My husband-to-be, Otto, grew up in the same village as me but we did not know each other as children. I first met him when I returned from teacher training college one holiday. I was walking back from the shops and he called out, 'Come here,' to me in a friendly way and asked where I lived. The next time I saw him was at our engagement party.
Otto had written me a letter of proposal. It was important to him that I wanted to marry him too. His letter said that if I consented, he would ask his father to speak to my father. But I was at college when the letter arrived and my parents opened it.
They did not ask my opinion. It was my first year of college. The next time I came back home for a holiday, my father said to me, 'Goldie, you will be getting married.'
The marriage took place two years later, during the December holidays. Otto paid 10 cows and a horse for lobola within the month we got married. I was very apprehensive. I didn't want to get married at all. We were married in the Anglican Church, then went to Otto's house where everyone was waiting for us outside, cheering.
We spent some time greeting everybody and shaking their hands, then went inside for dinner. After the feast, we all went to the big community hall to dance, at midnight eating the remainder of the feast, which the women had brought to the hall.
Then we danced all night to the jazzy, happy kwela music of Spokes Mashiyane, the African pennywhistle legend of our time, celebrating the start of the lifetime we would share.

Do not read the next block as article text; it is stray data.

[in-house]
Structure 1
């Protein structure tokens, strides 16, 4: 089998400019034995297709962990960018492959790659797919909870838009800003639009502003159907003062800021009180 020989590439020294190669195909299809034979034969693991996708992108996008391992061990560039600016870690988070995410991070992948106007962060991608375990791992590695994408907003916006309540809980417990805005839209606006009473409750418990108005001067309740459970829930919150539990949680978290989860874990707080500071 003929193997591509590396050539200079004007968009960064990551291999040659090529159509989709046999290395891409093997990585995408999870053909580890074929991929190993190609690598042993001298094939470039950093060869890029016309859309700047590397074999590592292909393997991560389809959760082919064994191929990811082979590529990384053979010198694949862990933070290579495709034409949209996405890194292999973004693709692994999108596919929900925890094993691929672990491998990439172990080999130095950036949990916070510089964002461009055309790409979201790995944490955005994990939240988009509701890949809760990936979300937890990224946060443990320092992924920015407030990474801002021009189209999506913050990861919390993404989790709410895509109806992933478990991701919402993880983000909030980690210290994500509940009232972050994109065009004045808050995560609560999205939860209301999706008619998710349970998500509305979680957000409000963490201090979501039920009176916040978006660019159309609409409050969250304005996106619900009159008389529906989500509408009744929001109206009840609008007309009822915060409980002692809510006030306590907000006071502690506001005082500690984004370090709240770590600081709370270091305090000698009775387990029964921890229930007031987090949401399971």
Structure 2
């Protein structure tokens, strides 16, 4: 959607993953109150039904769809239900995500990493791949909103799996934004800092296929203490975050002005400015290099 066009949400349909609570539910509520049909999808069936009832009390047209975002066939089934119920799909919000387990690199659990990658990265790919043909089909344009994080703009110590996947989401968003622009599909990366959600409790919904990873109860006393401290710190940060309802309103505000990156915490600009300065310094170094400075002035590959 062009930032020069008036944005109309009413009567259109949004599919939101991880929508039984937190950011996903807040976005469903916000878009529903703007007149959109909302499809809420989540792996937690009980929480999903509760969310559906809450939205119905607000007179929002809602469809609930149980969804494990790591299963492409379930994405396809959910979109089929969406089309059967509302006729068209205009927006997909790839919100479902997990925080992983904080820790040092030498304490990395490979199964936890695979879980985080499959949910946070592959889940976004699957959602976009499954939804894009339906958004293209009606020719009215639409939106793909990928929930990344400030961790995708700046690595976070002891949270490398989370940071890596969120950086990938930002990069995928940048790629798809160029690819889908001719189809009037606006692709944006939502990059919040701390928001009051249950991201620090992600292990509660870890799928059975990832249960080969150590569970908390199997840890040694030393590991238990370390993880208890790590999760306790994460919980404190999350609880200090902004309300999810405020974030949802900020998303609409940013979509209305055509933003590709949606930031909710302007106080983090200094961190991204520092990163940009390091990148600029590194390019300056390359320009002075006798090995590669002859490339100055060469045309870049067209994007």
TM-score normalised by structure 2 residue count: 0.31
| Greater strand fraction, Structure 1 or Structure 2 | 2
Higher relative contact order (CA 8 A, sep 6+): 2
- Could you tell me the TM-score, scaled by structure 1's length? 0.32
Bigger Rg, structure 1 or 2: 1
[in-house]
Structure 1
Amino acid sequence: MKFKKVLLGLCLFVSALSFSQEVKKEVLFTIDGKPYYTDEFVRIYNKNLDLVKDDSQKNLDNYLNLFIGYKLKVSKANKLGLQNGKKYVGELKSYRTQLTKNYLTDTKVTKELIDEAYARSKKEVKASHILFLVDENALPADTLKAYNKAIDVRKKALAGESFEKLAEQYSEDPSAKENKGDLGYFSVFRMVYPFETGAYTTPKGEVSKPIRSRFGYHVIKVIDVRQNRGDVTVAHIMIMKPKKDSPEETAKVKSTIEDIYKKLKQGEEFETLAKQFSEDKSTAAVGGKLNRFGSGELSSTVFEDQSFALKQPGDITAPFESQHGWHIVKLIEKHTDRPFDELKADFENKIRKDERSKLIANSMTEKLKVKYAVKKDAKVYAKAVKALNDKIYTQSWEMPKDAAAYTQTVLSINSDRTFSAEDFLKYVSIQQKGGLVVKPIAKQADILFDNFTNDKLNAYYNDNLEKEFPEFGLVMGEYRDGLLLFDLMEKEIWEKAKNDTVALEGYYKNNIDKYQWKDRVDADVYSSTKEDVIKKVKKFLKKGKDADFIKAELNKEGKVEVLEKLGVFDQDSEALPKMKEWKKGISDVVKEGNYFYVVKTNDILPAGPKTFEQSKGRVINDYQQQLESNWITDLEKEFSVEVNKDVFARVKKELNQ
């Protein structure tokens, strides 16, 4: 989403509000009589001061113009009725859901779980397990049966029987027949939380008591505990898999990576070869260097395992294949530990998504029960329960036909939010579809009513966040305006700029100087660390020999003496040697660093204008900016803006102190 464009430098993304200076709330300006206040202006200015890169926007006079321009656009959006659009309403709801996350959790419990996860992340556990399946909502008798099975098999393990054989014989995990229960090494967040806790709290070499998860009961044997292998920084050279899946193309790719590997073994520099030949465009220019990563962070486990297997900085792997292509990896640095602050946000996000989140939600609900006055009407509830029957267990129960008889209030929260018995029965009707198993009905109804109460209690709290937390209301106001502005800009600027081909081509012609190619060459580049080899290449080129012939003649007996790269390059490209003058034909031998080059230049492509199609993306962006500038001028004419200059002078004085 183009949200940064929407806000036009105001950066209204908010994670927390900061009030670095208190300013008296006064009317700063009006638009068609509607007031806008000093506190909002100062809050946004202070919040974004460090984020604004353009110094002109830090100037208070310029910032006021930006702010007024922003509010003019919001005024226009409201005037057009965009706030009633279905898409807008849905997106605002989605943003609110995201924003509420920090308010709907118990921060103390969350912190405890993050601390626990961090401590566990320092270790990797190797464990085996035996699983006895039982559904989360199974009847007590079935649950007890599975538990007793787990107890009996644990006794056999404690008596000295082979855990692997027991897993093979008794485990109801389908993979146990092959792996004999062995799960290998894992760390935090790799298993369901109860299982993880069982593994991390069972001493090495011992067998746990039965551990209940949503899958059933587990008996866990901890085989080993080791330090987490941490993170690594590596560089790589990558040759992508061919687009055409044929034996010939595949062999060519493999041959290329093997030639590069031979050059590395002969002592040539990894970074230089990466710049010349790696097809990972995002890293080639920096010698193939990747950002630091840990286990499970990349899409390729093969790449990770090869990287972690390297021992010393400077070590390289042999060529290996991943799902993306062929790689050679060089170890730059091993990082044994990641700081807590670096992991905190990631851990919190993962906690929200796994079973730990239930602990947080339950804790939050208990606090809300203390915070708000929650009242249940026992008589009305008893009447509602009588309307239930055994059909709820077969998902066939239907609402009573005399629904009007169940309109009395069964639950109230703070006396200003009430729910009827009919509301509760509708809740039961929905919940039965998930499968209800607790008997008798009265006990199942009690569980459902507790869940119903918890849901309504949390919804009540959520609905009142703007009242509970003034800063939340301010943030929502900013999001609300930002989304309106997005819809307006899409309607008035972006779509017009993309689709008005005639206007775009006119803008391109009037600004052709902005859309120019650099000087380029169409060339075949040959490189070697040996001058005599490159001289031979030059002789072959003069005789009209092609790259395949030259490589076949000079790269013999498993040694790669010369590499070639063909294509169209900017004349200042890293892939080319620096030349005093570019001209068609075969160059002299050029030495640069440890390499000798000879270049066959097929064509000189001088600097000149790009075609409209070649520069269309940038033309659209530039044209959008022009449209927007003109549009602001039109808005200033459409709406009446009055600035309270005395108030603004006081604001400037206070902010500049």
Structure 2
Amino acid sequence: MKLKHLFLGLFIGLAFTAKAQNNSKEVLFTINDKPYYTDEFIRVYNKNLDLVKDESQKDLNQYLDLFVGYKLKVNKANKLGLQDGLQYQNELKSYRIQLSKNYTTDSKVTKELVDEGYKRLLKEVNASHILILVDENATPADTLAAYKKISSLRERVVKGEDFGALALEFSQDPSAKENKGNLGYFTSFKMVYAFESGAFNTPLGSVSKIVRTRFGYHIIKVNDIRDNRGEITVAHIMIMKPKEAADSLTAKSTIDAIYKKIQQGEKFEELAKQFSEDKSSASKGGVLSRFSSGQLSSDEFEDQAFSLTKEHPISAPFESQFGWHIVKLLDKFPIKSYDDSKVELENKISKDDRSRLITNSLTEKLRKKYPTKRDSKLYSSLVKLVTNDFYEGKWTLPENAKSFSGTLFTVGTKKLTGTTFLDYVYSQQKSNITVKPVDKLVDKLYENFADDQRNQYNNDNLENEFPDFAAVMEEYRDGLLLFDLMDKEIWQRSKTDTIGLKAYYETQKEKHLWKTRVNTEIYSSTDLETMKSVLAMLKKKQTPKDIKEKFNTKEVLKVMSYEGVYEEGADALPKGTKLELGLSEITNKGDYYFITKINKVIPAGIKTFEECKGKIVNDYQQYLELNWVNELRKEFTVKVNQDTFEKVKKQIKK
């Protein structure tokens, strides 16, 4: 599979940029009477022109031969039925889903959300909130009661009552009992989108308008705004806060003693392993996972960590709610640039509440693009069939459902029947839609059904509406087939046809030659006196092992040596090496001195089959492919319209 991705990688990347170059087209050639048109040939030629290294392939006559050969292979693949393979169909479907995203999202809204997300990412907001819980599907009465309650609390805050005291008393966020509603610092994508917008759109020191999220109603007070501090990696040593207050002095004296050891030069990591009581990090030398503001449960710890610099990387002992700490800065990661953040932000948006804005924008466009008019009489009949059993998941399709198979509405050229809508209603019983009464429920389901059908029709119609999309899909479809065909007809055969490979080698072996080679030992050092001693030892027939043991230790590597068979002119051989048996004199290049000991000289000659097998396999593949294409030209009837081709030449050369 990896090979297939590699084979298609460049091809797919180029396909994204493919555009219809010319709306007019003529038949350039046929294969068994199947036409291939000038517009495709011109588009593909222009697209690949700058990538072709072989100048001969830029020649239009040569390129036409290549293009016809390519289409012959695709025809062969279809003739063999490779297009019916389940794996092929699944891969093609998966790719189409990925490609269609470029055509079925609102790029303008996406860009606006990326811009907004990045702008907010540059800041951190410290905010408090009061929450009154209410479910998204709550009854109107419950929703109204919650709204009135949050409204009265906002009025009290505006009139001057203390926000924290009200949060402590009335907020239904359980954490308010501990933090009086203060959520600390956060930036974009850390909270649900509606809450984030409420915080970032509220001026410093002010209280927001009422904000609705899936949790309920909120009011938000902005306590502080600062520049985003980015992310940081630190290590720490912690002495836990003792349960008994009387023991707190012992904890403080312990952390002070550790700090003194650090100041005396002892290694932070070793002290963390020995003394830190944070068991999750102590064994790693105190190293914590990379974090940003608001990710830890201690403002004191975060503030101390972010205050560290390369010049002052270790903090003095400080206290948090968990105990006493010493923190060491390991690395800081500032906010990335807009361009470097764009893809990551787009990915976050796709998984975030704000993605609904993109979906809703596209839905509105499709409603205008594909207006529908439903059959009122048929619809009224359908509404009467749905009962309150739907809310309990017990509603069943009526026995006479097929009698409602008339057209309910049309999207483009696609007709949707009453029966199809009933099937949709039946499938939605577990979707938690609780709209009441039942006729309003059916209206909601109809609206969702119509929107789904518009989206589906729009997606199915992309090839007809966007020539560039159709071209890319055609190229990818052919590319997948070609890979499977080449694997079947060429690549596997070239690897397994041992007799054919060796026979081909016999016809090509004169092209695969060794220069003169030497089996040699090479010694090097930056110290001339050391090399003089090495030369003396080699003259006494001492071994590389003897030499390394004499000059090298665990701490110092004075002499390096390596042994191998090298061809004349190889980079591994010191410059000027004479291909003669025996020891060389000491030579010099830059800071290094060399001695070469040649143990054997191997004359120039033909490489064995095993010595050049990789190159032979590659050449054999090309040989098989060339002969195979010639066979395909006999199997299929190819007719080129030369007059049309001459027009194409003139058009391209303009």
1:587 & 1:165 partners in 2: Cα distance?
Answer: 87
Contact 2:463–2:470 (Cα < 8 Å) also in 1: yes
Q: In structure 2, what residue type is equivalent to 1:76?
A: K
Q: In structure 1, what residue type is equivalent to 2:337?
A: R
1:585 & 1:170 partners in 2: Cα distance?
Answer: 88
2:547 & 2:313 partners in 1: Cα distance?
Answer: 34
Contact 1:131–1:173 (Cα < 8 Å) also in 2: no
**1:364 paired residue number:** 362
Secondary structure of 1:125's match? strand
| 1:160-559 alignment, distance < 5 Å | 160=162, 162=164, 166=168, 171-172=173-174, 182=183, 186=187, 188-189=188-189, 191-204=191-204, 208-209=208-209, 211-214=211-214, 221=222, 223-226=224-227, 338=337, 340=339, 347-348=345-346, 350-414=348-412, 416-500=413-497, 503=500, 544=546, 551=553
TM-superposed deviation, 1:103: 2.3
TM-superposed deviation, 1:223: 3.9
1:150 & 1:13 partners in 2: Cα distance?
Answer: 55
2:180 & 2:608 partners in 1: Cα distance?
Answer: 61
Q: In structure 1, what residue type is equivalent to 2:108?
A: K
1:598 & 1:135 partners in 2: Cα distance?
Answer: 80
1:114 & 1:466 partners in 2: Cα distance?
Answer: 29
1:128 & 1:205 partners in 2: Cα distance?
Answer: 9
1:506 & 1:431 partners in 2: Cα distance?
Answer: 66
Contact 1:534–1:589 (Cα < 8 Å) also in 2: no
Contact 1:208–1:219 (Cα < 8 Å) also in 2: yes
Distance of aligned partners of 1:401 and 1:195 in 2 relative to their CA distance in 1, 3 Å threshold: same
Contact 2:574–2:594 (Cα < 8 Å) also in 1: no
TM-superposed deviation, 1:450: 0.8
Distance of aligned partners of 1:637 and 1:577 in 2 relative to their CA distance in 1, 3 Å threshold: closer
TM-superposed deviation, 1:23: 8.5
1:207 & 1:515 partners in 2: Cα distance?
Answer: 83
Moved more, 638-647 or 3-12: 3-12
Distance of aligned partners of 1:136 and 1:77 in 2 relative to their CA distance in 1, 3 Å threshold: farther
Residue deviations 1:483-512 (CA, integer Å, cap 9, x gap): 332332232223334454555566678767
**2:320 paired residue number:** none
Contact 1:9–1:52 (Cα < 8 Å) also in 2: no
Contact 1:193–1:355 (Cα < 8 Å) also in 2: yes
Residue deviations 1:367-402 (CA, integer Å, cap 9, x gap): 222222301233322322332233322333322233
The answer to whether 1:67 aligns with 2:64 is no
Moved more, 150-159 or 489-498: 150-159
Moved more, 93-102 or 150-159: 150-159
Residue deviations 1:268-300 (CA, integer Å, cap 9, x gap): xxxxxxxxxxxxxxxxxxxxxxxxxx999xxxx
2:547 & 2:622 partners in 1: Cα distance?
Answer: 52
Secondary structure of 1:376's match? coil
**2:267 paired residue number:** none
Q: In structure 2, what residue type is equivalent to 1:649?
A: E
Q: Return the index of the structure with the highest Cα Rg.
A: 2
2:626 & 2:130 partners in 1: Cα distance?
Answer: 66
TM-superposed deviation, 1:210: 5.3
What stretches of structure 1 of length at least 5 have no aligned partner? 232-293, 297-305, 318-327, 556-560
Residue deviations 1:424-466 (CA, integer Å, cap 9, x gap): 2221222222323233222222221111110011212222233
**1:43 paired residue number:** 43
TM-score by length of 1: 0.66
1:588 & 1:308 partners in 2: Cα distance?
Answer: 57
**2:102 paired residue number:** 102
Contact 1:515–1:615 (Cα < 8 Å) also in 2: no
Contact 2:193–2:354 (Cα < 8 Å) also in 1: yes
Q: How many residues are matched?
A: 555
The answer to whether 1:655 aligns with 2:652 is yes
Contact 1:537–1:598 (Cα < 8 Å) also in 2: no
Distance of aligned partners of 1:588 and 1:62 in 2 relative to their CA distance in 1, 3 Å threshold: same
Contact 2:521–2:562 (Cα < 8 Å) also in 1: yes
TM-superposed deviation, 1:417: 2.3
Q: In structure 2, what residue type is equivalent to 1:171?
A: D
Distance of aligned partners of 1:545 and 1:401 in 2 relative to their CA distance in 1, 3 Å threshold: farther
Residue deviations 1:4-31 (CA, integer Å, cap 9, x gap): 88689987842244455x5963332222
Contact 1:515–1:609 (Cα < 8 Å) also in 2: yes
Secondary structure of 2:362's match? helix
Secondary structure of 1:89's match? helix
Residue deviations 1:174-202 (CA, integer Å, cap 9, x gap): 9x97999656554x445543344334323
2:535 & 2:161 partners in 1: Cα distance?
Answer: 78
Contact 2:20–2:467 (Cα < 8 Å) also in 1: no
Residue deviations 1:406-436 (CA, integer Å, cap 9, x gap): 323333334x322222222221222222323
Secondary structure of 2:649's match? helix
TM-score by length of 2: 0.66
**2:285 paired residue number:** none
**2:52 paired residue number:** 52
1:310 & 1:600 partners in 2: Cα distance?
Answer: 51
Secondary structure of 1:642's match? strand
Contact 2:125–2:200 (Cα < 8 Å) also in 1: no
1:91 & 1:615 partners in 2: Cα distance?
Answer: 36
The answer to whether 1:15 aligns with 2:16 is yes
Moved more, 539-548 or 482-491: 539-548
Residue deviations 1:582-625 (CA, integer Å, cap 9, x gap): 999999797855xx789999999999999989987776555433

There are two kinds of marriage in Xhosa culture, the proper kind and the abduction kind, and both still happen today. When a man abducts his wife there is no big wedding and no white dress. There's nothing the woman can do about it. I had that kind of marriage. I laugh about it all now. But at the time, it was not funny at all.
My sister-in-law, who lived with my family and whom I had trusted, set it all up. She tricked me into a bus with a stranger. He had a good build and a nice face. There was nothing objectionable about him. Yet I was scared. 'What's going on? Where are you taking me?' I asked. His pleasant, coffee-coloured face became solemn.
'I am taking you home to be my wife,' he said. 'I have wanted this for a long time and now, at long last, it is happening.' 'But I don't want to go with you,' I said. 'Please, stop the bus and let me get off.' In my rising panic, I began to cry. I could not bear to leave my father this way. He was a church-going man. 'Try to understand,' my husband-to-be said. 'I really want you to be my wife and I'm not waiting any longer. Remember, in our culture I am allowed to do this.'
The bus took us to his family homestead where there were four houses on the property. One was the home of his sister Noyiswa, where I was to stay for the first week. That night I cried and cried. I realised with a sickening sense of loss that this was the end of my girlhood. After the first week, he sent two men to my father and brothers to tell them where I was.
'You've taken my daughter without permission,' my father said, very cross. 'You'll have to give us an extra cow. Ten cows for lobola and one for not asking permission.' The ceremony took place in Milton's parents' house. Everybody from his family was there. My father could not come. It was too far. An elder from the community came to marry us.
'You are a new wife now and your new name is Nothozamile,' he told me. 'You have a new family, with a new father and mother and new sisters, and you must accept that. You are no longer a girl. You must behave like a woman now.' At the end of the ceremony he said, 'You are now indoda nomfazi, man and wife.' A sheep was slaughtered for the celebration, and the women of the family made salad, rice and stamped mielies to go with the meat. After that, we were properly married. My life as a wife began.By Jo-Anne Smetherham